ALL FREE Sewing Tutorials  -  DIY Crafting  -  Design & Make Your Own Clothes  -  Holidays & Home  - 

Quilting  -  Sewing Machines & More  -  Teach Others To Sew! - Just For Kids

 

Take a Sewing Class With Us!

 

 
 
 
 
What Sewing Machine Should I Buy?
We use Brother Project RUNWAY Limited Edition Sewing Machines.
 
 
Visit Love To Sew Studio's profile on Pinterest.

 

 
Sewing back music video a parady of Justin Timberlake's Sexy Back by Jamie Marie Harris at Love to Sew Studio.
"SEWING BACK"
We made this Music Video Just Because It Was Fun To Do!
 
 

NEEDLE FELTING - Turning Wool Fibers into Felt

A Division of LoveToSew.com

Love to Sew shows you the process of dry needle felting.

Llama, Alpaca, and Sheep Fibers

Llamas fibers come in many colors, black, brown, tan, white, and more. The wool produced by a llama is very soft and lanolin-free. Their fiber is extremely delicate and soft, and highly valued for the purposes of weaving, but the animals can not produce much.

Alpacas are considerably smaller than llamas and were bred specifically for their fiber. Alpaca fiber is used for making knitted and woven item similar to wool. These items can include blankets, sweaters, socks, hats, gloves, scarves, and a wide variety of textiles and ponchos. The fiber comes in more than 52 natural colors.

The Alpaca are the most valuable fiber-bearing animals because of the quality and quantity of its fiber. Alpaca fleece is a lustrous and silky natural fiber. While similar to sheep's wool, it is warmer, not prickly, and has no lanolin, which make is hypoallergenic. Without lanolin , it does not repel waters. The soft luxuious, and glossy alpaca fiber is prepared and used for spinning, weaving, and needle-felting similar to the process used for wool. Alpaca fiber is also flame-resistant, and meets the US Consumer Product Safety Commissions standards. The alpaca's fiber grows back each year.

Sheep can produce 2-30 pounds of wool a year. Unlike the soft and silky fibers found on Alpaca and Llama the sheeps fibers are coarser. Fine wool sheep have the greatest value because of their smaller fiber. Garments made from fine wool do not itch as much as regular wool. Sheep that produce very rough and course fibers are used for products like carpet wool and tapestry. Medium wool sheep produce the lightest weight wool which is less valuable. Medium wool is used for socks, blankets, sweaters, and felting.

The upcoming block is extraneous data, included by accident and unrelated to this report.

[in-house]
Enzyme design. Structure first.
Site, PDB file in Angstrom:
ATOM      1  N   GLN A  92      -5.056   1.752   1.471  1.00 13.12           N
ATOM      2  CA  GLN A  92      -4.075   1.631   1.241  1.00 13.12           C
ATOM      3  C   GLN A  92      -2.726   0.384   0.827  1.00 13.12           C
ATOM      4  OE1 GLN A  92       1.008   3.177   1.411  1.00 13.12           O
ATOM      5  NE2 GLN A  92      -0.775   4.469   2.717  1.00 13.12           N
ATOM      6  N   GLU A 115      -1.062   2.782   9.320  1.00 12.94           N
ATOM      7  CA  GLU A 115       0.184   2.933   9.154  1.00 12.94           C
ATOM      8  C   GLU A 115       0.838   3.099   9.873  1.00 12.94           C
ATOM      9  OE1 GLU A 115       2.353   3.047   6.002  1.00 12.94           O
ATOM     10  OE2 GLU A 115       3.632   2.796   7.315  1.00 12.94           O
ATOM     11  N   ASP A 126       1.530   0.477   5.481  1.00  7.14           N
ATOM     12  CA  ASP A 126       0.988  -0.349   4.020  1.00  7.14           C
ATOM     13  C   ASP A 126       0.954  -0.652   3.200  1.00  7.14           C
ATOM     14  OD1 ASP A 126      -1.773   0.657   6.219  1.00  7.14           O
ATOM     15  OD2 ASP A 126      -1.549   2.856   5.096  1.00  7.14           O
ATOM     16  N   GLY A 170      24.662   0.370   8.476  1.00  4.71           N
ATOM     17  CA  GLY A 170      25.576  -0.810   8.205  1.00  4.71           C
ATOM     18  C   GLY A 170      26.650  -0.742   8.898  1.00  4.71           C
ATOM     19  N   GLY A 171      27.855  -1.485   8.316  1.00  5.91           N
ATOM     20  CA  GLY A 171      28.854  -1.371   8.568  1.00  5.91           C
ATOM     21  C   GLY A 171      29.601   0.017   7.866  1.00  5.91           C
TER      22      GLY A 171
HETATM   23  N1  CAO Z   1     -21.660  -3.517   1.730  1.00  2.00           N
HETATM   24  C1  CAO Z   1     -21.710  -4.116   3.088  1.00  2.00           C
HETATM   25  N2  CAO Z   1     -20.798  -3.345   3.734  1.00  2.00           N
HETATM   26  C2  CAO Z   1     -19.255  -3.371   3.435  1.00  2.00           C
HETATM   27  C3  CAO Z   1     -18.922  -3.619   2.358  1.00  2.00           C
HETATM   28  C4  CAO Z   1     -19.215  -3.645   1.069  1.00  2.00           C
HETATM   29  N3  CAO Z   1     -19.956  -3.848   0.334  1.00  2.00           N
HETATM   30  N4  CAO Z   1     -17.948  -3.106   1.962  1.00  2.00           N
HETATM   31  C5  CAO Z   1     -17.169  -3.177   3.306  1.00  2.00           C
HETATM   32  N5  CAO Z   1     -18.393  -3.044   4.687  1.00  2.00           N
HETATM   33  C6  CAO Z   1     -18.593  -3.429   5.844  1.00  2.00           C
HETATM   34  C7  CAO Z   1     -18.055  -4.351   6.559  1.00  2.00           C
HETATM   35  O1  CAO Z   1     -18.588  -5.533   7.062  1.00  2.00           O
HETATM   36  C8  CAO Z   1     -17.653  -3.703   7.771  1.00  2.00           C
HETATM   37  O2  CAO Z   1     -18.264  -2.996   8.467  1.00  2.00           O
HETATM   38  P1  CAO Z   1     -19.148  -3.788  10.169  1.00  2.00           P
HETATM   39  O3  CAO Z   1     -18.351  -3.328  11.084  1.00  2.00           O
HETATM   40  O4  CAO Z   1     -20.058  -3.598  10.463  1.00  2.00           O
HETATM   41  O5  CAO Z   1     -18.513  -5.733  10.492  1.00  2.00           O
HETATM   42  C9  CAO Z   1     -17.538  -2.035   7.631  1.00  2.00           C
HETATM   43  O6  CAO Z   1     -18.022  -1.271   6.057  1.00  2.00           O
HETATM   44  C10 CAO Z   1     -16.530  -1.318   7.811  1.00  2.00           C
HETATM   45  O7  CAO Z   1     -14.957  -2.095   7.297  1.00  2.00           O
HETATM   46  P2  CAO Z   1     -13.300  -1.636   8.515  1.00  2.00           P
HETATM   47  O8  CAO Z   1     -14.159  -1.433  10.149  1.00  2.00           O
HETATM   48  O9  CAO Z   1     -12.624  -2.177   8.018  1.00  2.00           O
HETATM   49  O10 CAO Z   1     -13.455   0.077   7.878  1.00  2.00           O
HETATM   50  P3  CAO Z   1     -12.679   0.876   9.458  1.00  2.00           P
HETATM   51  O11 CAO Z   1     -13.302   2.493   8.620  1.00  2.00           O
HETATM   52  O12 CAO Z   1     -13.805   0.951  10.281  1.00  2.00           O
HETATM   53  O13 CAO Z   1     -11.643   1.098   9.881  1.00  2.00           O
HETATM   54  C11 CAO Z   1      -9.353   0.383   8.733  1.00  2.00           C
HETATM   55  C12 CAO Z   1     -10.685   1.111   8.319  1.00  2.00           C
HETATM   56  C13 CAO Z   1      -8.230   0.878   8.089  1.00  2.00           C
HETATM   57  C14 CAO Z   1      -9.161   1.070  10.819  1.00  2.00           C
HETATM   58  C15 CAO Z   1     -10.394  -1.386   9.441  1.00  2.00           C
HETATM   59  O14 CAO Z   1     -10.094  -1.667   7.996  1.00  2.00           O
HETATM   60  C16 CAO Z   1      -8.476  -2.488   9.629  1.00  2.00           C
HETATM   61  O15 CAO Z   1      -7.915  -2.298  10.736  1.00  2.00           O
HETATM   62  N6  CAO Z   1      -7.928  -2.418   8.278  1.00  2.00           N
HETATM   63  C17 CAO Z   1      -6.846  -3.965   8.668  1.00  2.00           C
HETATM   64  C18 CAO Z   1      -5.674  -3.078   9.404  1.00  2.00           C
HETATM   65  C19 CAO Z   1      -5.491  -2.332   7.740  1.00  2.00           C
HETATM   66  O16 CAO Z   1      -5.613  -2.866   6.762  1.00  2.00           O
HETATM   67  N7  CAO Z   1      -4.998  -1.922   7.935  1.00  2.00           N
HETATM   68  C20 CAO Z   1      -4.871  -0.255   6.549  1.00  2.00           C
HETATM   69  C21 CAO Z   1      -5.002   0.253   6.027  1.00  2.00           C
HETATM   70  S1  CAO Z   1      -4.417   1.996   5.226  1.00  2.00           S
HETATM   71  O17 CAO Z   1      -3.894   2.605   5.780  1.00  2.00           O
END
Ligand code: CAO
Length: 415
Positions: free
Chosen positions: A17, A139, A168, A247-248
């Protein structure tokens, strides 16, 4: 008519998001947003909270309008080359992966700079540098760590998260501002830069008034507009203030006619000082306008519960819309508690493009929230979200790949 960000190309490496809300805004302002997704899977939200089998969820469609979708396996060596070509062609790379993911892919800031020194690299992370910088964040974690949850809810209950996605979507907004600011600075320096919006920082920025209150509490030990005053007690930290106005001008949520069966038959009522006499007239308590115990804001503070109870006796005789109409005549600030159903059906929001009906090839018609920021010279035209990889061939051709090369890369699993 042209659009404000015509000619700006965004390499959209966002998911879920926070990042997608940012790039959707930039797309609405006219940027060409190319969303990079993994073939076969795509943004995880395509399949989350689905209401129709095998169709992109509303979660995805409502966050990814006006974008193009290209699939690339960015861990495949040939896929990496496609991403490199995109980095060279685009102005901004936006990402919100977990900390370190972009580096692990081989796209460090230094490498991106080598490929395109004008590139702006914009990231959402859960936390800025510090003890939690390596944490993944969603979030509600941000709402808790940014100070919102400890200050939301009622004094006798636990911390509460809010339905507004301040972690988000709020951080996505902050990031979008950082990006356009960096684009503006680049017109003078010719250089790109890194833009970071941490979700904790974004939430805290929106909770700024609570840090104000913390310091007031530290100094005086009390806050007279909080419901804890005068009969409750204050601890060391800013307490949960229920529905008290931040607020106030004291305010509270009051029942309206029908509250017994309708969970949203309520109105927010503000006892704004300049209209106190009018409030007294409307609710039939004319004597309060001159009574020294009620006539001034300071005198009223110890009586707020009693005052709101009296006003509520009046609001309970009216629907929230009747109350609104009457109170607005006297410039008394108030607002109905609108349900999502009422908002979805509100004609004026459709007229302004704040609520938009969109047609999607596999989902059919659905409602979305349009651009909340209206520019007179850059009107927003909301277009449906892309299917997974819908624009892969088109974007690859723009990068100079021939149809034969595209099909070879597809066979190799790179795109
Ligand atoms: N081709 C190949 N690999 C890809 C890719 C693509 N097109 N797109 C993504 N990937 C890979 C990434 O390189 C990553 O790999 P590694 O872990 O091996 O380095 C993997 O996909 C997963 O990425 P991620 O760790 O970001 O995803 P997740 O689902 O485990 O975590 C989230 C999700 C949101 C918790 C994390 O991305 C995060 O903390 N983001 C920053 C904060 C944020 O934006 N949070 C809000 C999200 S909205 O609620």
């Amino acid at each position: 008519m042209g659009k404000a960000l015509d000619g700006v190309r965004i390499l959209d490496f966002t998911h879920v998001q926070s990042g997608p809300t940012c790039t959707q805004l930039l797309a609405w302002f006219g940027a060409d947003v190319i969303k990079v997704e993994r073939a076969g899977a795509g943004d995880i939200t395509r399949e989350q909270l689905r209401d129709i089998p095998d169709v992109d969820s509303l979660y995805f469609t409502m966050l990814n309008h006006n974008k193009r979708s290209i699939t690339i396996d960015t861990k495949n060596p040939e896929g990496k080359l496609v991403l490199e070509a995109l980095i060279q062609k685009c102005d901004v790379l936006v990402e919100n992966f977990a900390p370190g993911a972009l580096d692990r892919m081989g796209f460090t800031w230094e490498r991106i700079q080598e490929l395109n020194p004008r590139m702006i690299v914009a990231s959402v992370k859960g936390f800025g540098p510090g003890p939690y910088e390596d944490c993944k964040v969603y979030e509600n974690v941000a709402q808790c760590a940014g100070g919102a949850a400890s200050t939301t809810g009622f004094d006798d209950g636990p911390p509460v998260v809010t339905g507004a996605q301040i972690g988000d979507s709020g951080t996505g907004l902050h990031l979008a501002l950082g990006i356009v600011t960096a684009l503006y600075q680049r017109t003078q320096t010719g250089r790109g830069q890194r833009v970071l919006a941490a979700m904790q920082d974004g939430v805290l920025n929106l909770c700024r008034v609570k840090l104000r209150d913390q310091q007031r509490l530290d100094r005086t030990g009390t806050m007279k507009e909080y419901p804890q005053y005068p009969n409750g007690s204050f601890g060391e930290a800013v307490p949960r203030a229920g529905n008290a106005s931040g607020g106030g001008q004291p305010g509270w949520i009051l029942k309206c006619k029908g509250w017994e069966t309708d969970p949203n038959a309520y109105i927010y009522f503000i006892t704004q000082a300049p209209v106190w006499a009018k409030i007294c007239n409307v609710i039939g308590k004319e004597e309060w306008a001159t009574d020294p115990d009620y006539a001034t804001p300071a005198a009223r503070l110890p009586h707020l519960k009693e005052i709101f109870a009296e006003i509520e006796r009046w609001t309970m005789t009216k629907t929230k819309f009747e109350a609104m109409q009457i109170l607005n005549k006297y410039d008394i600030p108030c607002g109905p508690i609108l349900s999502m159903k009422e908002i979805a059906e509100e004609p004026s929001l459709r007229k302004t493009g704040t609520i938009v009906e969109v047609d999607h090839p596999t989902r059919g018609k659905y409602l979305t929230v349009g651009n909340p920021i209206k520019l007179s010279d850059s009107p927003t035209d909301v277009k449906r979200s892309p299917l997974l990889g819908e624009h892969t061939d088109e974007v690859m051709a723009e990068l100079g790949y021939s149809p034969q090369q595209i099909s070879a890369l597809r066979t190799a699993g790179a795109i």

Some of your more serious needle-felters will use wool fibers for needle-felting for the center of a big project shown below. Then use dyed wool or alpaca fibers for the beauty of the outside of the project. They do this for two reasons. One, sheep wool is less expensive, and two, alpaca fibers are silkier, prettier, and easier to needle-felt. Alpaca fibers also "felt" better too! Meaning their fibers bond better when needle felting. See how the fibers turn into projects.

 

 
 

 

 

Dry Needle Felting Main Page

Photos of Dry Felt Projects 1 - 2 - 3 - 4

 

Would you like to see your Dry Felting Project on LovetoSew.com? We Would!  Click Here

 

 

 

 

 

 
 

Search Love To Sew Studio

Make a Dog Bandana
Learn to Sew a Skirt
Make a Raggedy Quilt
How to Price Your Handmade Crafts
Submit a Photo
Can an Online Business Degree Help Me in a Sewing & Fashion Career
Online Fashion Merchandising Degree
Personalized Sewing Labels
How to Gather Seams
Your First Steps in Learning to Sew
Techniques in Garment Construction
Recycled Jeans
Family Recipes
American Girl Doll
Choosing a Sewing Machine
Costume Design
 
 
 
 

Find Love to Sew Studio on:
Facebook for Love to Sew Studio, Judi Montgomery HarrisLike us on Facebook Pinterest boards for Love to Sew Studio, Judi Harris.See our Pins! See the tweets from Love to Sew Studio.Follow us on Twitter! Love to sew studio youtube videos on learn to sew tutorialsSee our Videos!
 
Etsy for Love to Sew Studio, Judi Harris, hand sewn itemsVisit our Etsy Shop! sign up for Love to Sew Studio's free news letterJoin our email Newsletter! Instagram for Love to Sew Studio, see lots of things that our students and readers sewed.Follow us on Instagram!

       

 

 
 
 
 
See Our Etsy Shop: Because we can't keep everything we make!
 
 
 
 
 
 

 

Learn to Sew

Learn to Sew Videos

Privacy Policy

Learn to Make a Raggedy Quilt

Learn to Sew Your Own Clothes

 
 

If you are redistributing content or photos from our site for another website or blog you must provide prominent link backs to the source pages used on LovetoSew.com.  If you are using any content or photos from our site to copy, share, or use for any other reason, you need prior permission from the author. Most requests are granted. Thank you.

For further information or questions: Email us @ lovetosew.com@comcast.net copyright 2003-2015 All Rights Reserved.